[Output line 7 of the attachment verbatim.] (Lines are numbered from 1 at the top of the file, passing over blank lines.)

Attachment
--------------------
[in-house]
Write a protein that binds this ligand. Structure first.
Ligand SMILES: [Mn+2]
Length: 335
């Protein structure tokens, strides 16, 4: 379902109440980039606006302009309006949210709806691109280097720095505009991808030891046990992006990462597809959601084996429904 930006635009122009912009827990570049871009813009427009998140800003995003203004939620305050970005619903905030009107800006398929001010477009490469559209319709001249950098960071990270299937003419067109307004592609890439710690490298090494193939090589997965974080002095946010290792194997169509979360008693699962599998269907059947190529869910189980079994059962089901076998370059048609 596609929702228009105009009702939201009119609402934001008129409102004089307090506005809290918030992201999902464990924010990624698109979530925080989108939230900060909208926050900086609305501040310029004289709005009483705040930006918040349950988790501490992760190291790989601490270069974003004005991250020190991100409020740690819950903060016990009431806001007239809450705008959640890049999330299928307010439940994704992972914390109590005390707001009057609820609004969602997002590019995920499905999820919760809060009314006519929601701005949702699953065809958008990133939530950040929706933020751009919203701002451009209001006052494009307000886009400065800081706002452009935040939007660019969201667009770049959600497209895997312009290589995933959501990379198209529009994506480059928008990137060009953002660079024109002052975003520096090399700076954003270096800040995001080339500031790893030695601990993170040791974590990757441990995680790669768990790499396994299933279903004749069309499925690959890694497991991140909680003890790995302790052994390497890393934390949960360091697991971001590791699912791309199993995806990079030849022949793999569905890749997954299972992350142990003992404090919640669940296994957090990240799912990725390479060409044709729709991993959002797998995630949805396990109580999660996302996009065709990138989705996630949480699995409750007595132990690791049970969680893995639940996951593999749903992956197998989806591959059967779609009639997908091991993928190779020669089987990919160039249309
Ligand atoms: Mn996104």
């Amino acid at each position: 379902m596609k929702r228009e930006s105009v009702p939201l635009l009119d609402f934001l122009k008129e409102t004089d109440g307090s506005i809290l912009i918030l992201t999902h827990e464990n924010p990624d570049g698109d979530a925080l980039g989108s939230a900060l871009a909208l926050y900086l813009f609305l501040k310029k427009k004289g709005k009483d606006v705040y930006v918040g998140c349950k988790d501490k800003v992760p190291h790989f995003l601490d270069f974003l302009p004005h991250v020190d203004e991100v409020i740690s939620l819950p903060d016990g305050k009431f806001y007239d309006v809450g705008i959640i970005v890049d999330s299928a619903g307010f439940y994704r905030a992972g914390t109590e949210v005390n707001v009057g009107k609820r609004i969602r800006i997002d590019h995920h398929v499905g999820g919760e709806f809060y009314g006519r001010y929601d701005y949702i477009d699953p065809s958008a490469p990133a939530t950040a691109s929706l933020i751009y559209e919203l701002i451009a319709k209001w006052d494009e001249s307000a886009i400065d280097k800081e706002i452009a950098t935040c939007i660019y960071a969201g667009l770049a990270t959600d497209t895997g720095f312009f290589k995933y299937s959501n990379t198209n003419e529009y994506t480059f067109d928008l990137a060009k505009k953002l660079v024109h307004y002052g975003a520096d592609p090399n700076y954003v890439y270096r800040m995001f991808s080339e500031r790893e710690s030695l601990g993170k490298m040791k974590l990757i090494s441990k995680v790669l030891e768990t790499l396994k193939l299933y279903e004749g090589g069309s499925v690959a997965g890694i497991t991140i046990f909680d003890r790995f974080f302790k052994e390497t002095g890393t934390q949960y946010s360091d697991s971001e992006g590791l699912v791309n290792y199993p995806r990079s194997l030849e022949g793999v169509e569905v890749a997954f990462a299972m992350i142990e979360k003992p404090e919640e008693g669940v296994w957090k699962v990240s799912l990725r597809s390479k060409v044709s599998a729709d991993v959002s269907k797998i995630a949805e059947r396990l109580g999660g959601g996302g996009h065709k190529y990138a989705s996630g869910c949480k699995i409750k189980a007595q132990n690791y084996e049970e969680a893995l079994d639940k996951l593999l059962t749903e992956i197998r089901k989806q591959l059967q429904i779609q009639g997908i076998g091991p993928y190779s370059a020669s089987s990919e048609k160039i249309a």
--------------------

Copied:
């Amino acid at each position: 379902m596609k929702r228009e930006s105009v009702p939201l635009l009119d609402f934001l122009k008129e409102t004089d109440g307090s506005i809290l912009i918030l992201t999902h827990e464990n924010p990624d570049g698109d979530a925080l980039g989108s939230a900060l871009a909208l926050y900086l813009f609305l501040k310029k427009k004289g709005k009483d606006v705040y930006v918040g998140c349950k988790d501490k800003v992760p190291h790989f995003l601490d270069f974003l302009p004005h991250v020190d203004e991100v409020i740690s939620l819950p903060d016990g305050k009431f806001y007239d309006v809450g705008i959640i970005v890049d999330s299928a619903g307010f439940y994704r905030a992972g914390t109590e949210v005390n707001v009057g009107k609820r609004i969602r800006i997002d590019h995920h398929v499905g999820g919760e709806f809060y009314g006519r001010y929601d701005y949702i477009d699953p065809s958008a490469p990133a939530t950040a691109s929706l933020i751009y559209e919203l701002i451009a319709k209001w006052d494009e001249s307000a886009i400065d280097k800081e706002i452009a950098t935040c939007i660019y960071a969201g667009l770049a990270t959600d497209t895997g720095f312009f290589k995933y299937s959501n990379t198209n003419e529009y994506t480059f067109d928008l990137a060009k505009k953002l660079v024109h307004y002052g975003a520096d592609p090399n700076y954003v890439y270096r800040m995001f991808s080339e500031r790893e710690s030695l601990g993170k490298m040791k974590l990757i090494s441990k995680v790669l030891e768990t790499l396994k193939l299933y279903e004749g090589g069309s499925v690959a997965g890694i497991t991140i046990f909680d003890r790995f974080f302790k052994e390497t002095g890393t934390q949960y946010s360091d697991s971001e992006g590791l699912v791309n290792y199993p995806r990079s194997l030849e022949g793999v169509e569905v890749a997954f990462a299972m992350i142990e979360k003992p404090e919640e008693g669940v296994w957090k699962v990240s799912l990725r597809s390479k060409v044709s599998a729709d991993v959002s269907k797998i995630a949805e059947r396990l109580g999660g959601g996302g996009h065709k190529y990138a989705s996630g869910c949480k699995i409750k189980a007595q132990n690791y084996e049970e969680a893995l079994d639940k996951l593999l059962t749903e992956i197998r089901k989806q591959l059967q429904i779609q009639g997908i076998g091991p993928y190779s370059a020669s089987s990919e048609k160039i249309a």